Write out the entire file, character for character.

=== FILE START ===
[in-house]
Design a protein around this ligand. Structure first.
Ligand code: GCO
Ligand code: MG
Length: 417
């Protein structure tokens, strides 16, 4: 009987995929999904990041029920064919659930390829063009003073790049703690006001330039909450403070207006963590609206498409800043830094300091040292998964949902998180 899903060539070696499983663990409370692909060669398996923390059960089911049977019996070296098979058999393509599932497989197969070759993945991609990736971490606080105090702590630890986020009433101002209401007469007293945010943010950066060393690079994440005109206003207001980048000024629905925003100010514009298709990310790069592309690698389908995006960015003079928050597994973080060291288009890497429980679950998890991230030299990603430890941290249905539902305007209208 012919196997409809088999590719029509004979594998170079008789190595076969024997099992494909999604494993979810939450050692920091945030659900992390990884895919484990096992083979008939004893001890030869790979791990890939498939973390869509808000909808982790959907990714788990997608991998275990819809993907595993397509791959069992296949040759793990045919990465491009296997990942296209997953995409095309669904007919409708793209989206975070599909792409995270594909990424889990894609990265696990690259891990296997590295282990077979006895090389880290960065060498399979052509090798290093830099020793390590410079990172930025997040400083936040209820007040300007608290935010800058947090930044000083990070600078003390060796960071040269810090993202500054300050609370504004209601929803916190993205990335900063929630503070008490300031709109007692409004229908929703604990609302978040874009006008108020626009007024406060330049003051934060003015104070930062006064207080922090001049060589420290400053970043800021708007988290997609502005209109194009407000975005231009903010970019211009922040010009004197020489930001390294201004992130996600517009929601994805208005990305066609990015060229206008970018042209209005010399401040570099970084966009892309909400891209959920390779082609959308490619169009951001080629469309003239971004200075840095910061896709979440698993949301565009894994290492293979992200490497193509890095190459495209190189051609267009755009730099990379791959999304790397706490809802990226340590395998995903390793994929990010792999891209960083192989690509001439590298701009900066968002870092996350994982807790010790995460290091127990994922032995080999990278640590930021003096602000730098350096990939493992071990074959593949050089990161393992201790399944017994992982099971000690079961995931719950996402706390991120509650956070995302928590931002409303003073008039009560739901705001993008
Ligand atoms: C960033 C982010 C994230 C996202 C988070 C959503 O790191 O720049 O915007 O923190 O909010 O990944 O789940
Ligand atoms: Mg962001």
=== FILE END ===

[in-house]
Design a protein around this ligand. Structure first.
Ligand code: GCO
Ligand code: MG
Length: 417
């Protein structure tokens, strides 16, 4: 009987995929999904990041029920064919659930390829063009003073790049703690006001330039909450403070207006963590609206498409800043830094300091040292998964949902998180 899903060539070696499983663990409370692909060669398996923390059960089911049977019996070296098979058999393509599932497989197969070759993945991609990736971490606080105090702590630890986020009433101002209401007469007293945010943010950066060393690079994440005109206003207001980048000024629905925003100010514009298709990310790069592309690698389908995006960015003079928050597994973080060291288009890497429980679950998890991230030299990603430890941290249905539902305007209208 012919196997409809088999590719029509004979594998170079008789190595076969024997099992494909999604494993979810939450050692920091945030659900992390990884895919484990096992083979008939004893001890030869790979791990890939498939973390869509808000909808982790959907990714788990997608991998275990819809993907595993397509791959069992296949040759793990045919990465491009296997990942296209997953995409095309669904007919409708793209989206975070599909792409995270594909990424889990894609990265696990690259891990296997590295282990077979006895090389880290960065060498399979052509090798290093830099020793390590410079990172930025997040400083936040209820007040300007608290935010800058947090930044000083990070600078003390060796960071040269810090993202500054300050609370504004209601929803916190993205990335900063929630503070008490300031709109007692409004229908929703604990609302978040874009006008108020626009007024406060330049003051934060003015104070930062006064207080922090001049060589420290400053970043800021708007988290997609502005209109194009407000975005231009903010970019211009922040010009004197020489930001390294201004992130996600517009929601994805208005990305066609990015060229206008970018042209209005010399401040570099970084966009892309909400891209959920390779082609959308490619169009951001080629469309003239971004200075840095910061896709979440698993949301565009894994290492293979992200490497193509890095190459495209190189051609267009755009730099990379791959999304790397706490809802990226340590395998995903390793994929990010792999891209960083192989690509001439590298701009900066968002870092996350994982807790010790995460290091127990994922032995080999990278640590930021003096602000730098350096990939493992071990074959593949050089990161393992201790399944017994992982099971000690079961995931719950996402706390991120509650956070995302928590931002409303003073008039009560739901705001993008
Ligand atoms: C960033 C982010 C994230 C996202 C988070 C959503 O790191 O720049 O915007 O923190 O909010 O990944 O789940
Ligand atoms: Mg962001």